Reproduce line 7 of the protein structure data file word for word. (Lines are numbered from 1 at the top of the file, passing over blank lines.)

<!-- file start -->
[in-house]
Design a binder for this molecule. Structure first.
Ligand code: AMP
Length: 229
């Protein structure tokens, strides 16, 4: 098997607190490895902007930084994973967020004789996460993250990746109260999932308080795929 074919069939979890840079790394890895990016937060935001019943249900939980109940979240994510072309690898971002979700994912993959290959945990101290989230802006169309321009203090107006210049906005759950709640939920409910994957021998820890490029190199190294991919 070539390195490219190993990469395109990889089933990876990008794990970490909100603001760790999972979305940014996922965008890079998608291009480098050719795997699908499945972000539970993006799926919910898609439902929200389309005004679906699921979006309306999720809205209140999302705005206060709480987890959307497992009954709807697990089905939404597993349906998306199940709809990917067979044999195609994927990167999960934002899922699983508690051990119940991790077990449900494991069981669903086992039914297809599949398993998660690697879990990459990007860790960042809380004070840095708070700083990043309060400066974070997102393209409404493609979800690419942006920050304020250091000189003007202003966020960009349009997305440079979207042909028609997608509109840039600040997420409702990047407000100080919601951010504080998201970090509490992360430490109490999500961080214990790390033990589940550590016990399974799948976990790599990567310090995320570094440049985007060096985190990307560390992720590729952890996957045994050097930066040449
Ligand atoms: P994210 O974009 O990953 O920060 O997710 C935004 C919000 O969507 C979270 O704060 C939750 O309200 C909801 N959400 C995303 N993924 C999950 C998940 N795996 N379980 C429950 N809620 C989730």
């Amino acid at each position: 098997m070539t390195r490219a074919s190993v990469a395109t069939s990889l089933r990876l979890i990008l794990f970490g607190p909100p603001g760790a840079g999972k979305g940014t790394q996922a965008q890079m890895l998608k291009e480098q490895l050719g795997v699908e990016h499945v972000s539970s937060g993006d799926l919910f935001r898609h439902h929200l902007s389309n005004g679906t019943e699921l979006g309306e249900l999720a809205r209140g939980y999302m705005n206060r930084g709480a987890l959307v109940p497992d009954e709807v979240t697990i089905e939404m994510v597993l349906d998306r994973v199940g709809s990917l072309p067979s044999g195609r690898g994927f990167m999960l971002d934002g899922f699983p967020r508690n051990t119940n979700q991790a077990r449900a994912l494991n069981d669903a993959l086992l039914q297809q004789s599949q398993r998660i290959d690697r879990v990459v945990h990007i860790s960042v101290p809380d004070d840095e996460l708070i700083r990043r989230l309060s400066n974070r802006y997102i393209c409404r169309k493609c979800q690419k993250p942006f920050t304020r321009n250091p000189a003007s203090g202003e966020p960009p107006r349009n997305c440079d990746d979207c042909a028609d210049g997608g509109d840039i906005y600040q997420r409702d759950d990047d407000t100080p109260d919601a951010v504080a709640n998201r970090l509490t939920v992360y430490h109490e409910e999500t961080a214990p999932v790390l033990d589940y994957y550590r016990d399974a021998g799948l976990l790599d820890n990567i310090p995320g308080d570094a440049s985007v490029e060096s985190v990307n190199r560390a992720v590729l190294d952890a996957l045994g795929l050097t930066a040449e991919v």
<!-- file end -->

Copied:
């Amino acid at each position: 098997m070539t390195r490219a074919s190993v990469a395109t069939s990889l089933r990876l979890i990008l794990f970490g607190p909100p603001g760790a840079g999972k979305g940014t790394q996922a965008q890079m890895l998608k291009e480098q490895l050719g795997v699908e990016h499945v972000s539970s937060g993006d799926l919910f935001r898609h439902h929200l902007s389309n005004g679906t019943e699921l979006g309306e249900l999720a809205r209140g939980y999302m705005n206060r930084g709480a987890l959307v109940p497992d009954e709807v979240t697990i089905e939404m994510v597993l349906d998306r994973v199940g709809s990917l072309p067979s044999g195609r690898g994927f990167m999960l971002d934002g899922f699983p967020r508690n051990t119940n979700q991790a077990r449900a994912l494991n069981d669903a993959l086992l039914q297809q004789s599949q398993r998660i290959d690697r879990v990459v945990h990007i860790s960042v101290p809380d004070d840095e996460l708070i700083r990043r989230l309060s400066n974070r802006y997102i393209c409404r169309k493609c979800q690419k993250p942006f920050t304020r321009n250091p000189a003007s203090g202003e966020p960009p107006r349009n997305c440079d990746d979207c042909a028609d210049g997608g509109d840039i906005y600040q997420r409702d759950d990047d407000t100080p109260d919601a951010v504080a709640n998201r970090l509490t939920v992360y430490h109490e409910e999500t961080a214990p999932v790390l033990d589940y994957y550590r016990d399974a021998g799948l976990l790599d820890n990567i310090p995320g308080d570094a440049s985007v490029e060096s985190v990307n190199r560390a992720v590729l190294d952890a996957l045994g795929l050097t930066a040449e991919v």